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|Total Chess: Piece Strategy|
|Written by John Herron|
|Thursday, 29 November 2012 10:44|
What is a better piece? A better piece is a piece that is well placed on the board, or a piece that works well with other pieces.
A better piece is usually an active piece, a piece that is attacking or doing something useful. A worse piece is a passive piece, a piece that is defending or not doing anything useful. You should always try to make your pieces better, and try to make the opponent’s pieces worse.
Most moves in a chess game are positional moves, not tactical moves. Tactical moves make threats and help you win material or get checkmate. Positional moves make your pieces better, which will lead to tactical moves later. In the opening, almost all of your moves are positional moves, to make your pieces better. When you develop your pieces, you put them on better squares. You make your pieces active so they can attack, not passive where they must defend. Throughout the game, you need to make positional moves to improve your pieces. Better pieces lead to better moves, and better moves lead to a better game.
There are three parts to piece strategy to make your pieces better. Each part is about a different group of pieces.
1) Pawns: Whenever you make a move, you should always watch the pawns and consider what will happen to the pawn structure. Try to make your pawns strong, and try to make the opponent’s pawns weak. If you have strong pawns, try to keep them. If you have weak pawns, try to make them strong. If the opponent has strong pawns, try to trade them away. If the opponent has weak pawns, make him keep them. You would not want to trade a strong pawn of yours for a weak pawn of the opponent’s. Weak pawns will come back to hurt you later in the game, and strong pawns will come back to help you, especially in the endgame.
1. Protect your pieces. Unprotected pieces are always a worry and can lead to problems. They become targets for the opponent’s tactics and attacks. They may even cause problems for your own tactics. An unprotected piece may give the opponent a chance to break-out of your tactics. Sooner or later, unprotected pieces will cause you trouble. Whenever you can, protect your pieces, even if they are not yet being attacked. Then you do not have to worry about them later.
2. Improve your pieces. Whenever you can, you should try to make your pieces better. This means you should put them on better squares, where they will do more good. Better squares are usually in the center, or in the opponent’s territory, or near the opponent’s king. You should also try to make your pieces work together. Pieces that work together are better able to attack and defend when needed. Always try to improve your pieces.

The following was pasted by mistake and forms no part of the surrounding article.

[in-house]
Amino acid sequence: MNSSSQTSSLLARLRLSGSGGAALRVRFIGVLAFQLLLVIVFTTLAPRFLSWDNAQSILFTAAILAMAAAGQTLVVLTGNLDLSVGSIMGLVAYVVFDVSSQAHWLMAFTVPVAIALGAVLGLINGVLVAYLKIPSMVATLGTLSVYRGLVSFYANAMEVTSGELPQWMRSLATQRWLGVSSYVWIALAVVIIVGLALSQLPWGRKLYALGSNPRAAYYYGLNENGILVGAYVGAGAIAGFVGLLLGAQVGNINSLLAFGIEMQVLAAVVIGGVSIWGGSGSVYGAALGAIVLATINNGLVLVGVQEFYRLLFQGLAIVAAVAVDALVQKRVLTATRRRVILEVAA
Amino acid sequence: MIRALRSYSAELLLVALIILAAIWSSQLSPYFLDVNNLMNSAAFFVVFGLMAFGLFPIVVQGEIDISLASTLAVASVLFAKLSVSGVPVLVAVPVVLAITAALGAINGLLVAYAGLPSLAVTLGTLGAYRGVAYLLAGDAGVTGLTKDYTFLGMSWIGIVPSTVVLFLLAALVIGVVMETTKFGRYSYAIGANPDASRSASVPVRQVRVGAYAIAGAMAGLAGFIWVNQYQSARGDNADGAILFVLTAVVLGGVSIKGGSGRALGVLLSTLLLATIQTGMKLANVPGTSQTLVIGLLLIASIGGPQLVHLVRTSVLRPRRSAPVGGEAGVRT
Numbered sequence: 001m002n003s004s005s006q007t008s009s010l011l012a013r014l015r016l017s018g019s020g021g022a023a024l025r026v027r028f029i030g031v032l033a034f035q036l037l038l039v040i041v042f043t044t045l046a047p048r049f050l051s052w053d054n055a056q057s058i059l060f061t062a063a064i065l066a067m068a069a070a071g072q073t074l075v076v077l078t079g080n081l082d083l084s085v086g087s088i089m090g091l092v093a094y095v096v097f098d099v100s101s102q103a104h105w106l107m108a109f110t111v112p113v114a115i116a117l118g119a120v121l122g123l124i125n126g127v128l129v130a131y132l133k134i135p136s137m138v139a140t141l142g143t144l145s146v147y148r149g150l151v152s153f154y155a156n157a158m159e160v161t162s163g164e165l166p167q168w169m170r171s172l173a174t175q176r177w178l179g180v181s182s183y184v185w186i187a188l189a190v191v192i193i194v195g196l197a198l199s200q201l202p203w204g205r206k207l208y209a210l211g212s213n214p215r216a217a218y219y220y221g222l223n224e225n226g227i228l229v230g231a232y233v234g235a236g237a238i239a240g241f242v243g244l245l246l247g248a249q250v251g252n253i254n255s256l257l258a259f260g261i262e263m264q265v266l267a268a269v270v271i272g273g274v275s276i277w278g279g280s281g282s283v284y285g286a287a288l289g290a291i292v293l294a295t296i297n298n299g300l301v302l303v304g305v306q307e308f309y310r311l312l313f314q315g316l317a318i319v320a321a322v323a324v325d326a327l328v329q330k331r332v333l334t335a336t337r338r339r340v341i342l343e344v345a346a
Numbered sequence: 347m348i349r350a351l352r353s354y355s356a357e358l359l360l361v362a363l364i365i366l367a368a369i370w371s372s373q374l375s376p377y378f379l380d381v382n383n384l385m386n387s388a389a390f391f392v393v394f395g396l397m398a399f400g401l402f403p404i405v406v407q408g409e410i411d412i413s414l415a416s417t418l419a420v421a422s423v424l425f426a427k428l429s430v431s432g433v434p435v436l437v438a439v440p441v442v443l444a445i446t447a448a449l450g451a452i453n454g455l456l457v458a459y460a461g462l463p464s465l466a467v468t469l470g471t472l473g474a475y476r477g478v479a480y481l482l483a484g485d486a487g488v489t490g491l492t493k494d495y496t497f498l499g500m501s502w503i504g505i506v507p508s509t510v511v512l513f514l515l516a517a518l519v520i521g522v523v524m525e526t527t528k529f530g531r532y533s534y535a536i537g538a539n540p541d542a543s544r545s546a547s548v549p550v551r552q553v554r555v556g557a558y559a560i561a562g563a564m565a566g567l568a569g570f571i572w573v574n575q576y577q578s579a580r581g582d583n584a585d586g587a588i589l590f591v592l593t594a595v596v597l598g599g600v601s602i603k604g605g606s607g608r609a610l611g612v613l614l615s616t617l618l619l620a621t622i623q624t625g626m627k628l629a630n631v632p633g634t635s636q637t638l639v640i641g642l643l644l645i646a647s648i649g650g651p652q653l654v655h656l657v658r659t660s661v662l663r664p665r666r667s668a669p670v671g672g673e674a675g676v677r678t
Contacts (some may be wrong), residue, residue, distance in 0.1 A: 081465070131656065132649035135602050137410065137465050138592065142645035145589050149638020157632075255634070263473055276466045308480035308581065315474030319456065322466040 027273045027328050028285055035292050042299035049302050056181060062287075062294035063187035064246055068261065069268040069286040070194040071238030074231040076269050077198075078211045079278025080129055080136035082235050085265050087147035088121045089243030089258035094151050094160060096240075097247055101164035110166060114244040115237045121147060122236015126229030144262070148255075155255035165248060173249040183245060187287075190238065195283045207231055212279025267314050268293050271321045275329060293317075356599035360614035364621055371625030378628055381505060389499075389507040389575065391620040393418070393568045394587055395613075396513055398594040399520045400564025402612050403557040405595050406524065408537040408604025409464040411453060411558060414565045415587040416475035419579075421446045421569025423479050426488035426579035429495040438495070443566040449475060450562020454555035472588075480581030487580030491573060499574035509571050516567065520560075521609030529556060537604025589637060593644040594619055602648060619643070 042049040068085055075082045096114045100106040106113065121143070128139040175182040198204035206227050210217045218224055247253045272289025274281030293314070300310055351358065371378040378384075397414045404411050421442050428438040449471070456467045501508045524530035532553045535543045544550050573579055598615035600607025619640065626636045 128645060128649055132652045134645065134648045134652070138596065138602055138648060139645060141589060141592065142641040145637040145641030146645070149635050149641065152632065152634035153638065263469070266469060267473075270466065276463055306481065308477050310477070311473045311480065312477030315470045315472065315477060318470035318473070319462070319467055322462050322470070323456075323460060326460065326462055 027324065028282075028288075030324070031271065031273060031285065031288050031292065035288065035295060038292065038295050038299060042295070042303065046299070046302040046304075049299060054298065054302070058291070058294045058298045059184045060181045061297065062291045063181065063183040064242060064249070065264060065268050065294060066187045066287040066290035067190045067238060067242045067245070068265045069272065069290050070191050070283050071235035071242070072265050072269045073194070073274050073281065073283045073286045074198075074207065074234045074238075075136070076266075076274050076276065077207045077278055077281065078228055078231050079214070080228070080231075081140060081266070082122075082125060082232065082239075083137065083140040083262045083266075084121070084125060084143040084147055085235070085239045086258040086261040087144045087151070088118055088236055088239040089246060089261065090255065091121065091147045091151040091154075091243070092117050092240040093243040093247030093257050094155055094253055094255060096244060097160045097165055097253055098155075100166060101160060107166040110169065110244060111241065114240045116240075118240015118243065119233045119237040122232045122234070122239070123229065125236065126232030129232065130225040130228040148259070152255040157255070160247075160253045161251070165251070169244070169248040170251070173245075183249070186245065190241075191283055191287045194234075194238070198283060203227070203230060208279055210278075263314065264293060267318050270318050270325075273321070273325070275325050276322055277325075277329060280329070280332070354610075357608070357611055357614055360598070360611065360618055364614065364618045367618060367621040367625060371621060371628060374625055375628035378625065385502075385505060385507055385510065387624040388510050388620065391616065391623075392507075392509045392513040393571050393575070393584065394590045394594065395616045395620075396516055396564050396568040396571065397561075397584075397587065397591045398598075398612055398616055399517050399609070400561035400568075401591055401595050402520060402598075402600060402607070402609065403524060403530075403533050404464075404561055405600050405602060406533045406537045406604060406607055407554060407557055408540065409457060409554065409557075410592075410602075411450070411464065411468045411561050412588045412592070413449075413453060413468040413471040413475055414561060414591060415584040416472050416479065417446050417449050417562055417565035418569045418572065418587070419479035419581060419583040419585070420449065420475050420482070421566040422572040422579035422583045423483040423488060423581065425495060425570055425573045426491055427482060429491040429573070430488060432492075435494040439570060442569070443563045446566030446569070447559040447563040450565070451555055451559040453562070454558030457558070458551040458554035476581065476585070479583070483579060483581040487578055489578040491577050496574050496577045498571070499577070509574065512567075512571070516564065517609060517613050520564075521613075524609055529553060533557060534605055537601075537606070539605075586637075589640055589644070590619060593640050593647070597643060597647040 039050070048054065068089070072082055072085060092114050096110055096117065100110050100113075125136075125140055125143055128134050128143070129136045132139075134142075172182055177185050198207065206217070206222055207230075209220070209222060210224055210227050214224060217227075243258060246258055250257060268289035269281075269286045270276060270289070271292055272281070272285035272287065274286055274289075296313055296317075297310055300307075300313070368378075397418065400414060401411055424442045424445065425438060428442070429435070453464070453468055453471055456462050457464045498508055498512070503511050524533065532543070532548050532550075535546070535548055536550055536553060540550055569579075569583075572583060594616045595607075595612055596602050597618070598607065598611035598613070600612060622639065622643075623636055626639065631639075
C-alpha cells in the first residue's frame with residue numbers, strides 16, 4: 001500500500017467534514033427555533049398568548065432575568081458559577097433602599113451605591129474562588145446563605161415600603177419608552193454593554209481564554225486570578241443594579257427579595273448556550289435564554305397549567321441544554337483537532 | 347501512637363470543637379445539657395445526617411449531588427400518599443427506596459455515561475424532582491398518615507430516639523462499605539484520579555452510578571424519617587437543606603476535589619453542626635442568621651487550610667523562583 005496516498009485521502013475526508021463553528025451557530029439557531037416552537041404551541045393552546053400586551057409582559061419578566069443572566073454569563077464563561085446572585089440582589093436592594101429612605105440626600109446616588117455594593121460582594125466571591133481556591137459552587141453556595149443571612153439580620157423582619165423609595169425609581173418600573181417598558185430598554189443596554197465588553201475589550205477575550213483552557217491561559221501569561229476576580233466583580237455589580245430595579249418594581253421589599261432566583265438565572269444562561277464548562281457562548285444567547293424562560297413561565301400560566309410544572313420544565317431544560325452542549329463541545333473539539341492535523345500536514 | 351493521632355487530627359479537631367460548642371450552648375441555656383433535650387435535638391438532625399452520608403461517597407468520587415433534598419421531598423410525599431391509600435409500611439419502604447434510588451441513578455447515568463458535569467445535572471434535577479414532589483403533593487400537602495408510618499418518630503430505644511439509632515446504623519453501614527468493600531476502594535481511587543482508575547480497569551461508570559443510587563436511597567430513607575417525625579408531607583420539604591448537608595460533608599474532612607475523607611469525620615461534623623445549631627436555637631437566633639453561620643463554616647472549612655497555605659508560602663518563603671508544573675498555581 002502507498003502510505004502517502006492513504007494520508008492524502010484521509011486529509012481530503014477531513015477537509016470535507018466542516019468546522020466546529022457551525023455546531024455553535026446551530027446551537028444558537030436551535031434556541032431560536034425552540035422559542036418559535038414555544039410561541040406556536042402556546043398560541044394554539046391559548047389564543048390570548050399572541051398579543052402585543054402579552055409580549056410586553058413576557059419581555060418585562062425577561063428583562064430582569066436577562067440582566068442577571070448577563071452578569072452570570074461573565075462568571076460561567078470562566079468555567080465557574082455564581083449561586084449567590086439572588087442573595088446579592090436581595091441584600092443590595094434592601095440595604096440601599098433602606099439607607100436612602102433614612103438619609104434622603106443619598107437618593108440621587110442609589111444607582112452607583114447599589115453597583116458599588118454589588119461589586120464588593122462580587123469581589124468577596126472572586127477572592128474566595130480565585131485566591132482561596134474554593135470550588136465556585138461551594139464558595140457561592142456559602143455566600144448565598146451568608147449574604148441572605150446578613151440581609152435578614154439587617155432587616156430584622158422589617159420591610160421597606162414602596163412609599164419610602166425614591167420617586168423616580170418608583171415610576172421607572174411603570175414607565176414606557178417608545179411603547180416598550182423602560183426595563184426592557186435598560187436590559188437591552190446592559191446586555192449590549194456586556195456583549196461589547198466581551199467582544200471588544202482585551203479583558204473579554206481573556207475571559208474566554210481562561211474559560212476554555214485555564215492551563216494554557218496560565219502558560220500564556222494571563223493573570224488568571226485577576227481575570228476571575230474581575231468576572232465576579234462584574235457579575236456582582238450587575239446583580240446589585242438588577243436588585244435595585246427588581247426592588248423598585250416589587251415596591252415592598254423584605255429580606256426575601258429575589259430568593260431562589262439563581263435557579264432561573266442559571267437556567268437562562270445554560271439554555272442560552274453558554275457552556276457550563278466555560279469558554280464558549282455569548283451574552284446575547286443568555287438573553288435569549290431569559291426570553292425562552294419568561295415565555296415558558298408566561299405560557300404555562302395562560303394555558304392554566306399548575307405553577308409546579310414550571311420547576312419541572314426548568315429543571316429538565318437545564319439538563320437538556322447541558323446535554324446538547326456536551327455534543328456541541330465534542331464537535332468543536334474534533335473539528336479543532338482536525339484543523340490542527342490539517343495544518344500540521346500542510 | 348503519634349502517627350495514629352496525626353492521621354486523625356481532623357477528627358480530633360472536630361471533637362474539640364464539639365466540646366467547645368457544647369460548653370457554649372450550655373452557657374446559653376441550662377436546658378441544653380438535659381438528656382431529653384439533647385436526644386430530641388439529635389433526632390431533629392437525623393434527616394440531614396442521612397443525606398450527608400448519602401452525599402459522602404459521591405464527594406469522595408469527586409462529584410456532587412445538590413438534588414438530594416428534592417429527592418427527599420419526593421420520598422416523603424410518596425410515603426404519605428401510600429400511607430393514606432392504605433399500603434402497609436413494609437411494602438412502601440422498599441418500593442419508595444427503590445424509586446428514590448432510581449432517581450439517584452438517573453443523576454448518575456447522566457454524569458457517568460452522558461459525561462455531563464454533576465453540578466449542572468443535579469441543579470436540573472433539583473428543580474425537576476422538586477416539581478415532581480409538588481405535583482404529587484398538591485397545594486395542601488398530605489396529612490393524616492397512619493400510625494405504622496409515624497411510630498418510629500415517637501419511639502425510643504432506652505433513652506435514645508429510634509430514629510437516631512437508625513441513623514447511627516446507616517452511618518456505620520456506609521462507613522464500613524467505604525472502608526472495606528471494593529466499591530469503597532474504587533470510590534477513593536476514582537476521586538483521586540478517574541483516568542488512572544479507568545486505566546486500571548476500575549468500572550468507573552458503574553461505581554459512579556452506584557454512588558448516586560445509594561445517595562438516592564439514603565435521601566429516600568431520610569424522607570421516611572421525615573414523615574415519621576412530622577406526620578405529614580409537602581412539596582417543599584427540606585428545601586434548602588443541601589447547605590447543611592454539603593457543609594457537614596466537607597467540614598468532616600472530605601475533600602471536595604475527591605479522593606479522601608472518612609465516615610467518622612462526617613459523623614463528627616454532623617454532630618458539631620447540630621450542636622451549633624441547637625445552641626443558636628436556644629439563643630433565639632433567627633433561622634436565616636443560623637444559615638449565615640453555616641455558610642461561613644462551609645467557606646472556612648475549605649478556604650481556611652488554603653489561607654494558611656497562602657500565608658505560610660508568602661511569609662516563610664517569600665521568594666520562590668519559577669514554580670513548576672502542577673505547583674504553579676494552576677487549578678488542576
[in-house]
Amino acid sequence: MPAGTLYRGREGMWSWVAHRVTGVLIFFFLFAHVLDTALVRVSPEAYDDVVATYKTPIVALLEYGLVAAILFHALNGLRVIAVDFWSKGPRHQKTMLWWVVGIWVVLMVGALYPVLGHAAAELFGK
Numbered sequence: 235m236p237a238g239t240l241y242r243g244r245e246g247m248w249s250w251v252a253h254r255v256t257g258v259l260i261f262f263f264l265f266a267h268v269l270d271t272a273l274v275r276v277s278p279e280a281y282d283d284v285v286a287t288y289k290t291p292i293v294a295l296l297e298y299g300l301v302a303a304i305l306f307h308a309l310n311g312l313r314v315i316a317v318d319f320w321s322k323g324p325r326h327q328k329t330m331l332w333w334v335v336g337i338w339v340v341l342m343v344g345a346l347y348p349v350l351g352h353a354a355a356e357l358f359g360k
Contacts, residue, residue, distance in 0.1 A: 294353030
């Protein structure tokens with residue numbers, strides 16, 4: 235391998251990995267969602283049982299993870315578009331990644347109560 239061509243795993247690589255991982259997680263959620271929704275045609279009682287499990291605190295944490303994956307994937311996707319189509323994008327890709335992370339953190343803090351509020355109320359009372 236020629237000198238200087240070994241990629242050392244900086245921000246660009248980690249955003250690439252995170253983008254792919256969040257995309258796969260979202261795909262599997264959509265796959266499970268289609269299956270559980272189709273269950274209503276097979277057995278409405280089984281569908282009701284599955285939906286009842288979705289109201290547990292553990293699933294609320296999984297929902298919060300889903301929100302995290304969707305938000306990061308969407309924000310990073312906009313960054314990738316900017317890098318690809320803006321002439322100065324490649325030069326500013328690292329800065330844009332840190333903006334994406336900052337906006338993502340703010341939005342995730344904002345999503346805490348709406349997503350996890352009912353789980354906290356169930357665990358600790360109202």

3. Activate your pieces. Active pieces are pieces that are attacking or doing something good and useful. Passive pieces are pieces that are defending or that are not doing anything good or useful. Try to make your pieces active and try to make the opponent’s pieces passive. You would not want to trade an active piece of yours for a passive piece of the opponent’s, even if they are worth the same point value. Active pieces are worth more than passive pieces.
3) King: Keep your king safe. In the opening, the best way to keep your king safe is to castle. In the midgame and in the endgame, keep some pawns and pieces near your king. If the opponent has more pieces or better control of the area around your king, you must be careful. He may launch a checkmate attack against you. If he can trade away the pieces and pawns protecting your king, or force them to move away, or make a sacrifice to expose your king, then you could be checkmated. Watch the area around your king. Keep your king safe.
Likewise, you should try to make the opponent’s king and the area around it less safe. If you can break up the pawns protecting the opponent’s king, or force the pieces around it to move or to be traded away, then his king will become exposed to attack. Or, you may be able to invade the area around the opponent’s king with your pawns and pieces. Then you can launch a checkmate attack and maybe get checkmate.
From the book, “TOTAL CHESS: Learn, Teach and Play the Easy 1-2-3 Way,” by John Herron
Everything in chess comes in threes. Three simple strategies are presented for the opening, midgame, endgame, etc. Each lesson is brief and covers one concept in simple language that everyone can read and understand.
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|Last Updated on Sunday, 23 March 2014 21:13|